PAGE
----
An unexplained gap in employment is a red flag for employers and can get your resume weeded out in a heartbeat. Don't fall victim to this job search pitfall.
If you have gaps in your employment history, how can you neutralize them, and even turn them into strengths? Here are five tips for administrative professionals reentering the workforce after the dreaded lengthy gap in employment:
1. Freshen up your skills for free
Free training to update your skills is now available everywhere, from the thousands of courses on iTunes U to our own OfficeTeam resources providing career advice, online training and recertification specifically for administrative professionals. This way you get current skills and training, which can boost your confidence and provide fresh information for your resume – and ultimately help you land a job.
2. Choose your resume format wisely
Decide whether you’ll follow the chronological, functional or hybrid resume format. Be aware that the chronological resume highlights employment gaps, whereas the functional resume format (which leads with a list of skills and specific experience) can be useful in drawing attention away from employment gaps. The downside to the functional resume, though, is that it's increasingly becoming known as the "what-is-he-trying-to-hide" format.
The hybrid resume — a combination of a chronological and functional resume — is the way to go when you have an employment gap. Start with a summary of your administrative skills, followed by a list of strengths, which should include keywords from the job ad that will help your resume appear higher in searches. Then, underneath, list your recent positions in reverse chronological order. The hybrid resume allows you to get your potential employer’s attention right off the bat since he can focus on what you can bring to the position instead of being immediately faced with gaps in your work history.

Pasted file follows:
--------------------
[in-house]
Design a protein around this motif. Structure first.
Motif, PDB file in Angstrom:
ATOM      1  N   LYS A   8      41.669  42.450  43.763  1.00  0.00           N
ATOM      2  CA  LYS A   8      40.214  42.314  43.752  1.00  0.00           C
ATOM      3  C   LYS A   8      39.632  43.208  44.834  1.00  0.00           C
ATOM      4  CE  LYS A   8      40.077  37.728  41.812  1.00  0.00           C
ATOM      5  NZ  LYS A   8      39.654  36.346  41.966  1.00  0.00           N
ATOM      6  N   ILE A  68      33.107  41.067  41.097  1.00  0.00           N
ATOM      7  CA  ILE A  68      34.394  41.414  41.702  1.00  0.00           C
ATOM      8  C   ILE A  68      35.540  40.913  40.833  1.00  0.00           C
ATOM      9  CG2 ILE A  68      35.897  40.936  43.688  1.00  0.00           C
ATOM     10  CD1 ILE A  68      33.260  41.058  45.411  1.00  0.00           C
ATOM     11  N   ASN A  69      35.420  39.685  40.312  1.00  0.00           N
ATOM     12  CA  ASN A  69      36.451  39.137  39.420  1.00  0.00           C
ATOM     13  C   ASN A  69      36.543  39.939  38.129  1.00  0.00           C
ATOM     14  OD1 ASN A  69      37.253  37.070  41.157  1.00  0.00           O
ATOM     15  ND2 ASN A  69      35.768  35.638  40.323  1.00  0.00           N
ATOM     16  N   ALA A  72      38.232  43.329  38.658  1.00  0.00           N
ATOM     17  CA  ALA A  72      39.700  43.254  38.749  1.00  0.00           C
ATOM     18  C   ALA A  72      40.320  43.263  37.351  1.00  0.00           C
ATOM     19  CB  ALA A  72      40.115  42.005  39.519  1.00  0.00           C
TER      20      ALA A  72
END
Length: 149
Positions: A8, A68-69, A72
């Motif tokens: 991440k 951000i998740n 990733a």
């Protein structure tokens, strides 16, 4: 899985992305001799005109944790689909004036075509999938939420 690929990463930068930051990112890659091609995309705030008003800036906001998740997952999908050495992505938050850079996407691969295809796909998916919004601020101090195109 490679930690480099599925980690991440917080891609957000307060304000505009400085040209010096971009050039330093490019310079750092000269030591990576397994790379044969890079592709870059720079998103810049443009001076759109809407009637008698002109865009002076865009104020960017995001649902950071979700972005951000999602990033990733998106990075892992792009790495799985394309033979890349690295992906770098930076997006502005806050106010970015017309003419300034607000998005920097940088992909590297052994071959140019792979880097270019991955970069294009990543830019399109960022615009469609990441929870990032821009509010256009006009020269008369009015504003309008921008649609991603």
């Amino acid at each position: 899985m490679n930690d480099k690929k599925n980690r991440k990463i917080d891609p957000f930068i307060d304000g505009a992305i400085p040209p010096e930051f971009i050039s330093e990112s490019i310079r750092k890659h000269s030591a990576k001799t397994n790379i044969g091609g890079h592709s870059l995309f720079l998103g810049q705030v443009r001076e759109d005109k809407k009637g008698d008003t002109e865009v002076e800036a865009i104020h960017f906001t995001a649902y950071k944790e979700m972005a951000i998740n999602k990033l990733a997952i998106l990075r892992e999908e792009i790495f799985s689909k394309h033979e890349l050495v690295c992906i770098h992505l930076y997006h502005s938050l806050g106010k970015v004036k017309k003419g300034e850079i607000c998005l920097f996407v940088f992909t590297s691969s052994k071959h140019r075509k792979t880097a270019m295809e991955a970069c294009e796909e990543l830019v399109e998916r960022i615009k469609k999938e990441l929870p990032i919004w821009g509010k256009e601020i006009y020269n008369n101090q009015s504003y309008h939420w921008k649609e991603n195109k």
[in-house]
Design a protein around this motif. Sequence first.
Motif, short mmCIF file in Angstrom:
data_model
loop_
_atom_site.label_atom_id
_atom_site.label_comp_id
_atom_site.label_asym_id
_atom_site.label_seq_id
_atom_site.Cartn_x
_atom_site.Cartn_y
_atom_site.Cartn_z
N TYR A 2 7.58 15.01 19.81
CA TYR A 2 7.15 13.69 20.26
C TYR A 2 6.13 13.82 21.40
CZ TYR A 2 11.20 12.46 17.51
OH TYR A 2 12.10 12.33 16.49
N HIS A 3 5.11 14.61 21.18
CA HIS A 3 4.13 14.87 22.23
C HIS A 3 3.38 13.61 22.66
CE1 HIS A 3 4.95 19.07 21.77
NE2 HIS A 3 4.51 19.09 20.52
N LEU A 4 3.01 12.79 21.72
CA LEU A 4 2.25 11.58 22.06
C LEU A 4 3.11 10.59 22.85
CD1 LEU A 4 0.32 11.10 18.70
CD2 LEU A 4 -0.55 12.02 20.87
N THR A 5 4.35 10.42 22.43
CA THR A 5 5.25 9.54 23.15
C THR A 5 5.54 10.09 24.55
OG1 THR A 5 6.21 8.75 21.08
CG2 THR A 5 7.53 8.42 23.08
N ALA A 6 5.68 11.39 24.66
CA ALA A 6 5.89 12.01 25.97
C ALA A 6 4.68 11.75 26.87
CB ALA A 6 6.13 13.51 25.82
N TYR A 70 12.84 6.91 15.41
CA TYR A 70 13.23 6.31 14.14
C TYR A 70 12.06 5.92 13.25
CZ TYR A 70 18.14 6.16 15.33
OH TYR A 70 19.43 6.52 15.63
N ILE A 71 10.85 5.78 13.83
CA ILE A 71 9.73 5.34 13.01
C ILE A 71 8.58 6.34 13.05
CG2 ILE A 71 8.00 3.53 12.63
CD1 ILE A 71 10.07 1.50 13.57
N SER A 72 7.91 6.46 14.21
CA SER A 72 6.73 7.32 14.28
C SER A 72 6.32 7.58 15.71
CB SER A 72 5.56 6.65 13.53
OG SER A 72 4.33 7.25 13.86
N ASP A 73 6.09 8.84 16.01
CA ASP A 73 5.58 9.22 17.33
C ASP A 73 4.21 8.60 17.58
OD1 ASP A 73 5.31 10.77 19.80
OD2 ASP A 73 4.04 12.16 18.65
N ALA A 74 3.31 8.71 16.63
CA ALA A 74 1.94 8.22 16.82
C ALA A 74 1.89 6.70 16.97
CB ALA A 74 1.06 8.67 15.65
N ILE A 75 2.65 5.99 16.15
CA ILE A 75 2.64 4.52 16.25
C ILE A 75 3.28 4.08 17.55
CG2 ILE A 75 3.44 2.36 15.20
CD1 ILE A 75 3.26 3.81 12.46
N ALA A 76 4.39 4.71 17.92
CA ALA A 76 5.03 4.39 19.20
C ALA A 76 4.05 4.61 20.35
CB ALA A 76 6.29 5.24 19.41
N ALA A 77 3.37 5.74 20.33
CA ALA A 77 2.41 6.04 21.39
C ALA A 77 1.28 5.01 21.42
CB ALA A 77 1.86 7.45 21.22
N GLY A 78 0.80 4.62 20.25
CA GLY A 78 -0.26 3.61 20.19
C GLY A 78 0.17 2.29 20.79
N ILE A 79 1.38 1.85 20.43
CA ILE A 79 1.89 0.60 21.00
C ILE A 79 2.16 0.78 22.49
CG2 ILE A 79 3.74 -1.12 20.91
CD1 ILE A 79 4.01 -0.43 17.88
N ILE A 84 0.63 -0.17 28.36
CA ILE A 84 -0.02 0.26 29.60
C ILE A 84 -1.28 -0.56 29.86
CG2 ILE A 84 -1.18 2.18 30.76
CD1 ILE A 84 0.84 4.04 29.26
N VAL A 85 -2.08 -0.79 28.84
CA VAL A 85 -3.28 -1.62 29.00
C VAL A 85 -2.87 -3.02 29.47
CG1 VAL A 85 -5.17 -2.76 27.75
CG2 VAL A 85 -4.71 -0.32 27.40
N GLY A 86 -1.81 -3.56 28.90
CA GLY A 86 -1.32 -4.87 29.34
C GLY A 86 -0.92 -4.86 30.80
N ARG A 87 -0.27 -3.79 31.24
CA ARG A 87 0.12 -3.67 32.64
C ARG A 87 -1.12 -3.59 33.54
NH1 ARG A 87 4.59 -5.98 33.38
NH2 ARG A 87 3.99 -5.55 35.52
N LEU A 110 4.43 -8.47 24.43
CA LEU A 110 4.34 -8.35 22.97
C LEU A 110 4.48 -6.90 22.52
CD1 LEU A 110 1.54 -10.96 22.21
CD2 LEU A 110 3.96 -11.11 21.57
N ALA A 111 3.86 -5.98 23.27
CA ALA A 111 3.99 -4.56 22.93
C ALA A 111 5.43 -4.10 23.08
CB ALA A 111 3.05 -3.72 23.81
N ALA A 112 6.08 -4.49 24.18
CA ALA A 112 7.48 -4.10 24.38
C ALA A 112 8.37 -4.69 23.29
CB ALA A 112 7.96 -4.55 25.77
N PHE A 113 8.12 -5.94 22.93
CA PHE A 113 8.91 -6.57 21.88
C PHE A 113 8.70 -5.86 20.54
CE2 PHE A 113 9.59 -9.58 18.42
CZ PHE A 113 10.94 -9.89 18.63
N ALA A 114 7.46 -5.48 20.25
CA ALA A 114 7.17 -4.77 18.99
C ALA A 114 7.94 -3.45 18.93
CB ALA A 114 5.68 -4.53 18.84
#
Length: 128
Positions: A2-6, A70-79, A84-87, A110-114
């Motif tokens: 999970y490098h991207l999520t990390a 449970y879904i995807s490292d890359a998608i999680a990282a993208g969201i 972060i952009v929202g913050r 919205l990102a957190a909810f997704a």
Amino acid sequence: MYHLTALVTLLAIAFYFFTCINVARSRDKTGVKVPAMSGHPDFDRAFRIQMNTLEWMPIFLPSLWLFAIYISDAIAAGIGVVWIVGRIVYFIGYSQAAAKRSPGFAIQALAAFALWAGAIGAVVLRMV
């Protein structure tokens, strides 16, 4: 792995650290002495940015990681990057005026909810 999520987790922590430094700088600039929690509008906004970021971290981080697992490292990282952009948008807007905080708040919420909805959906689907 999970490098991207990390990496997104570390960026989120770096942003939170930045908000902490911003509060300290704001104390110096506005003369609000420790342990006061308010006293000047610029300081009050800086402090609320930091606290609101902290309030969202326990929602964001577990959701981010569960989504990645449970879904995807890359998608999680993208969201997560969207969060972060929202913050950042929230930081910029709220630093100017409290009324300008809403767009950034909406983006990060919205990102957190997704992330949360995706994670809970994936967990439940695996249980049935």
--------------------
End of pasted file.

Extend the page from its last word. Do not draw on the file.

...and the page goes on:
3. Fill the resume gaps
It’s also key to fill your gaps when possible. If you helped anyone with administrative tasks, or worked any short-term or contract jobs, you can list the experience like this:
XYZ Local Charity
Annual Fundraiser – Volunteer
2011 – 2014
Provided administrative support to a non-profit each year during its largest fundraising event. Responsibilities included scheduling other volunteers, and providing event planning assistance, correspondence, marketing support and office support. Used the Microsoft Office suite of applications to successfully complete all tasks.
Organizations might include churches, schools, colleges, family businesses or even friends. Did you plan a wedding or help build a website? It's all relevant. For instance, in planning a friend’s wedding, you displayed organization and time management skills, which are valuable in all administrative roles. These activities also show you’re keeping your skills current.
Don’t underestimate the power of the cover letter in explaining an employment gap. Make sure not to come across as defensive or apologetic; simply mention the gap along with what you did to remain active during the time.
4. Consider a staffing firm
When you’re trying to figure out how to land a job while reentering the workforce, one strategy is to sign up with a staffing firm. You gain access to training resources, while dipping your toe back into the work world, re-acclimating to office life, and getting some valuable, relevant experience to use on your resume.
5. Just do it
If you haven't done any of the above, start now. Go out and volunteer your administrative skills to a school, church, nursing home or charity. Sign up for training programs if your expertise is dated. Then, include these actions on your resume. If you literally cannot list anything relevant, include a brief note: "2010 - 2015: Temporary leave from workforce for family reasons." Just don’t leave that area of your resume blank.
Gaps in employment are not uncommon, but resume readers still tend to think the worst if it's unexplained. So invest the time to pack your gap with training, volunteering and the resources offered by staffing firms to avoid this pitfall.